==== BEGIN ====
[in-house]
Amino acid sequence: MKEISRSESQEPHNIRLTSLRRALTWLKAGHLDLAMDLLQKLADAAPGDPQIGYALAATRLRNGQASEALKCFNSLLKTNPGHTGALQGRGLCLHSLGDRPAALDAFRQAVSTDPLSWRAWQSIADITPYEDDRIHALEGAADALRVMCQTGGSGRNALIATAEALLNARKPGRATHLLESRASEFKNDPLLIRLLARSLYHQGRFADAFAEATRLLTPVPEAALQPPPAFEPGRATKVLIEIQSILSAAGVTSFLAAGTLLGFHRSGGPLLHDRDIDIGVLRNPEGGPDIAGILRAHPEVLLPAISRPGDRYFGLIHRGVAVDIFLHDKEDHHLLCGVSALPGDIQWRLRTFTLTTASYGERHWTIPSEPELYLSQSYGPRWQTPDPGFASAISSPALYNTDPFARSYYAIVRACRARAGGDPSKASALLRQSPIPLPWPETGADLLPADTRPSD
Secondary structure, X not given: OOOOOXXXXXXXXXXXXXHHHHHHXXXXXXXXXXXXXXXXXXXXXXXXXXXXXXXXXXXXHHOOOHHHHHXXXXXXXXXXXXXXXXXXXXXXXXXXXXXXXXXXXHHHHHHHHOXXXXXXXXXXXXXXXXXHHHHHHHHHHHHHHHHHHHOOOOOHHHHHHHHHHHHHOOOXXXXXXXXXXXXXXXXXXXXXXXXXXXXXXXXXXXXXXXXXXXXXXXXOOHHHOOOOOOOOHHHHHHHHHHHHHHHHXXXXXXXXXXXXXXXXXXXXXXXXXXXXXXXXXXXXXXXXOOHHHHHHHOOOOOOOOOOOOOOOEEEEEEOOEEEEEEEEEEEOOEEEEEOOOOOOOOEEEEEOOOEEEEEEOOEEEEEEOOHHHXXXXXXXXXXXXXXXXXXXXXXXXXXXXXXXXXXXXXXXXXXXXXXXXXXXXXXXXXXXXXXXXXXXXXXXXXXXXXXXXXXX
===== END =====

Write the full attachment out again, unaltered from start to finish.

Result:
[in-house]
Amino acid sequence: MKEISRSESQEPHNIRLTSLRRALTWLKAGHLDLAMDLLQKLADAAPGDPQIGYALAATRLRNGQASEALKCFNSLLKTNPGHTGALQGRGLCLHSLGDRPAALDAFRQAVSTDPLSWRAWQSIADITPYEDDRIHALEGAADALRVMCQTGGSGRNALIATAEALLNARKPGRATHLLESRASEFKNDPLLIRLLARSLYHQGRFADAFAEATRLLTPVPEAALQPPPAFEPGRATKVLIEIQSILSAAGVTSFLAAGTLLGFHRSGGPLLHDRDIDIGVLRNPEGGPDIAGILRAHPEVLLPAISRPGDRYFGLIHRGVAVDIFLHDKEDHHLLCGVSALPGDIQWRLRTFTLTTASYGERHWTIPSEPELYLSQSYGPRWQTPDPGFASAISSPALYNTDPFARSYYAIVRACRARAGGDPSKASALLRQSPIPLPWPETGADLLPADTRPSD
Secondary structure, X not given: OOOOOXXXXXXXXXXXXXHHHHHHXXXXXXXXXXXXXXXXXXXXXXXXXXXXXXXXXXXXHHOOOHHHHHXXXXXXXXXXXXXXXXXXXXXXXXXXXXXXXXXXXHHHHHHHHOXXXXXXXXXXXXXXXXXHHHHHHHHHHHHHHHHHHHOOOOOHHHHHHHHHHHHHOOOXXXXXXXXXXXXXXXXXXXXXXXXXXXXXXXXXXXXXXXXXXXXXXXXOOHHHOOOOOOOOHHHHHHHHHHHHHHHHXXXXXXXXXXXXXXXXXXXXXXXXXXXXXXXXXXXXXXXXOOHHHHHHHOOOOOOOOOOOOOOOEEEEEEOOEEEEEEEEEEEOOEEEEEOOOOOOOOEEEEEOOOEEEEEEOOEEEEEEOOHHHXXXXXXXXXXXXXXXXXXXXXXXXXXXXXXXXXXXXXXXXXXXXXXXXXXXXXXXXXXXXXXXXXXXXXXXXXXXXXXXXXXX